NASA's Aqua satellite passed over Cyclone Hudhud as it was nearing east-central India's coastline on Oct. 11.
The Atmospheric Infrared Sounder or AIRS instrument aboard Aqua captured infrared data on the storm on Oct. 11 at 07:23 UTC (3:23 a.m. EDT) that showed cloud top temperatures had dropped, indicating stronger uplift and stronger thunderstorms. That's an indication that the storm has strengthened in the last day.
The Joint Typhoon Warning Center noted that animated infrared satellite imagery shows the eye feature has become cloud filled while the overall structure of the system has remained unchanged while remaining symmetric (rounded) and with bands of thunderstorms wrapping into the center. Radar imagery from Visakhapatnam shows the system has remained tightly wrapped and reveals a defined eye feature.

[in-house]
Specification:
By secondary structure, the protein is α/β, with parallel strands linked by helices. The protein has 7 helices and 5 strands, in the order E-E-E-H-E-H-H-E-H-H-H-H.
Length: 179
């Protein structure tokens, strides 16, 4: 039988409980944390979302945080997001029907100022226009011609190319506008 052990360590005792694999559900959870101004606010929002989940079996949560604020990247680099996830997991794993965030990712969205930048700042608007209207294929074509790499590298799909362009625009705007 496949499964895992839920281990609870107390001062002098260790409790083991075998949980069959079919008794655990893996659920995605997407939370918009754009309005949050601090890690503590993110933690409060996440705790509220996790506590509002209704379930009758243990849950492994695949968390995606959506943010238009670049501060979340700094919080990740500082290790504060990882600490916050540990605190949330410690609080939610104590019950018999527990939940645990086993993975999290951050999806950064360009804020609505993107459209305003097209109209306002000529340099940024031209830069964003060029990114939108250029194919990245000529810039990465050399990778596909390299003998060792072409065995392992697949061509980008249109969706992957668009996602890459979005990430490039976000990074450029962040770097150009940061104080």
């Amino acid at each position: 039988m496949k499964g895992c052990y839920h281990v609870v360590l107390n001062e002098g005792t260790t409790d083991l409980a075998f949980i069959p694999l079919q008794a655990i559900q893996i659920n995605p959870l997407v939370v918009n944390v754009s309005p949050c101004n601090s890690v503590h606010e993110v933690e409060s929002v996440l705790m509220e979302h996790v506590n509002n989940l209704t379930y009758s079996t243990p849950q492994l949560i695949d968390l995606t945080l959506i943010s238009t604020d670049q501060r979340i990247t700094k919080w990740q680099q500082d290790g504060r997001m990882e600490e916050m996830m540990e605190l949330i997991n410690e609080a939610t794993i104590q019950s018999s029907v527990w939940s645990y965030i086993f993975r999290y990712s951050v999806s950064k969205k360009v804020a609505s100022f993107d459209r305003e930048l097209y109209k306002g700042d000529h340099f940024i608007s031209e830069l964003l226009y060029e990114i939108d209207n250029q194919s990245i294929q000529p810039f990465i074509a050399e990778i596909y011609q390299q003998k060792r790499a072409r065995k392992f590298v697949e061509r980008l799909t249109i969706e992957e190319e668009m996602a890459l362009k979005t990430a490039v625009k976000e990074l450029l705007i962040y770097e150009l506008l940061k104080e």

On Oct. 11 at 2100 UTC (5 p.m. EDT), Cyclone Hudhud's maximum sustained winds increased to 110 knots (75 mph/120 kph), which classifies as a typhoon on the Saffir-Simpson scale. It was centered near 16.8 north and 80.9 east, about 102 nautical miles East of Visakhapatnam, India. Hudhud was moving to the northwestward at 4 knots.
Hudhud is forecast to continue intensifying prior to landfall under good environmental conditions and should peak near 115 knots and weaken quickly. Hudhud is expected to dissipate on Monday, Oct. 13 over land.
NASA's Goddard Space Flight Center